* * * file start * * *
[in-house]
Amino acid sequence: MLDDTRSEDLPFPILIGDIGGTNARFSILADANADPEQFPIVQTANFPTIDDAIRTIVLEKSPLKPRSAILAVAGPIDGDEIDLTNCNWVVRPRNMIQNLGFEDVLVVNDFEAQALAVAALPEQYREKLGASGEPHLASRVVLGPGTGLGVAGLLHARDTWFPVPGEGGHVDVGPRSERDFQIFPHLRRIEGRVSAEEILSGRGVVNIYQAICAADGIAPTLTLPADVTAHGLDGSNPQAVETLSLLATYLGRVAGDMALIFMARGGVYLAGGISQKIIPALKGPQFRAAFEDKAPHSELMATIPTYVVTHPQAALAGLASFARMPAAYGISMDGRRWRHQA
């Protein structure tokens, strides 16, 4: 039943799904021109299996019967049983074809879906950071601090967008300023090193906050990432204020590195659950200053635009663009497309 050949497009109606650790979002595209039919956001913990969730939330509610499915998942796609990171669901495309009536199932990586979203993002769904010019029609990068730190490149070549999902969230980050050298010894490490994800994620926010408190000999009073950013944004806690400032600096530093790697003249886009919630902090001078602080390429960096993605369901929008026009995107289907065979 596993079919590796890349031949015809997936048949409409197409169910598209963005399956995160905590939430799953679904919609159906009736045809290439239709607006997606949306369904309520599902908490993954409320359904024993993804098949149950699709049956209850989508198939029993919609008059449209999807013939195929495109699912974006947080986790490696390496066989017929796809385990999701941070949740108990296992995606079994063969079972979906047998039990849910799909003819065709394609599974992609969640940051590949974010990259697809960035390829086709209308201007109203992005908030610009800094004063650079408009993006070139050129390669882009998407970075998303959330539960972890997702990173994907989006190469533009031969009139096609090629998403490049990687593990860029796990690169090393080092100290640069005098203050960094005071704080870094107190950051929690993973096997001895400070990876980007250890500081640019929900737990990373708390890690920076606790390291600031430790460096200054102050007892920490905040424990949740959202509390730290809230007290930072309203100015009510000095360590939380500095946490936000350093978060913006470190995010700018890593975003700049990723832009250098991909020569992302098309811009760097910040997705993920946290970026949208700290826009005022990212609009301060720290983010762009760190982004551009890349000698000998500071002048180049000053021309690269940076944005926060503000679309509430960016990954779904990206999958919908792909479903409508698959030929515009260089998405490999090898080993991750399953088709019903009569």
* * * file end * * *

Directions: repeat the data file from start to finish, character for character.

[in-house]
Amino acid sequence: MLDDTRSEDLPFPILIGDIGGTNARFSILADANADPEQFPIVQTANFPTIDDAIRTIVLEKSPLKPRSAILAVAGPIDGDEIDLTNCNWVVRPRNMIQNLGFEDVLVVNDFEAQALAVAALPEQYREKLGASGEPHLASRVVLGPGTGLGVAGLLHARDTWFPVPGEGGHVDVGPRSERDFQIFPHLRRIEGRVSAEEILSGRGVVNIYQAICAADGIAPTLTLPADVTAHGLDGSNPQAVETLSLLATYLGRVAGDMALIFMARGGVYLAGGISQKIIPALKGPQFRAAFEDKAPHSELMATIPTYVVTHPQAALAGLASFARMPAAYGISMDGRRWRHQA
């Protein structure tokens, strides 16, 4: 039943799904021109299996019967049983074809879906950071601090967008300023090193906050990432204020590195659950200053635009663009497309 050949497009109606650790979002595209039919956001913990969730939330509610499915998942796609990171669901495309009536199932990586979203993002769904010019029609990068730190490149070549999902969230980050050298010894490490994800994620926010408190000999009073950013944004806690400032600096530093790697003249886009919630902090001078602080390429960096993605369901929008026009995107289907065979 596993079919590796890349031949015809997936048949409409197409169910598209963005399956995160905590939430799953679904919609159906009736045809290439239709607006997606949306369904309520599902908490993954409320359904024993993804098949149950699709049956209850989508198939029993919609008059449209999807013939195929495109699912974006947080986790490696390496066989017929796809385990999701941070949740108990296992995606079994063969079972979906047998039990849910799909003819065709394609599974992609969640940051590949974010990259697809960035390829086709209308201007109203992005908030610009800094004063650079408009993006070139050129390669882009998407970075998303959330539960972890997702990173994907989006190469533009031969009139096609090629998403490049990687593990860029796990690169090393080092100290640069005098203050960094005071704080870094107190950051929690993973096997001895400070990876980007250890500081640019929900737990990373708390890690920076606790390291600031430790460096200054102050007892920490905040424990949740959202509390730290809230007290930072309203100015009510000095360590939380500095946490936000350093978060913006470190995010700018890593975003700049990723832009250098991909020569992302098309811009760097910040997705993920946290970026949208700290826009005022990212609009301060720290983010762009760190982004551009890349000698000998500071002048180049000053021309690269940076944005926060503000679309509430960016990954779904990206999958919908792909479903409508698959030929515009260089998405490999090898080993991750399953088709019903009569």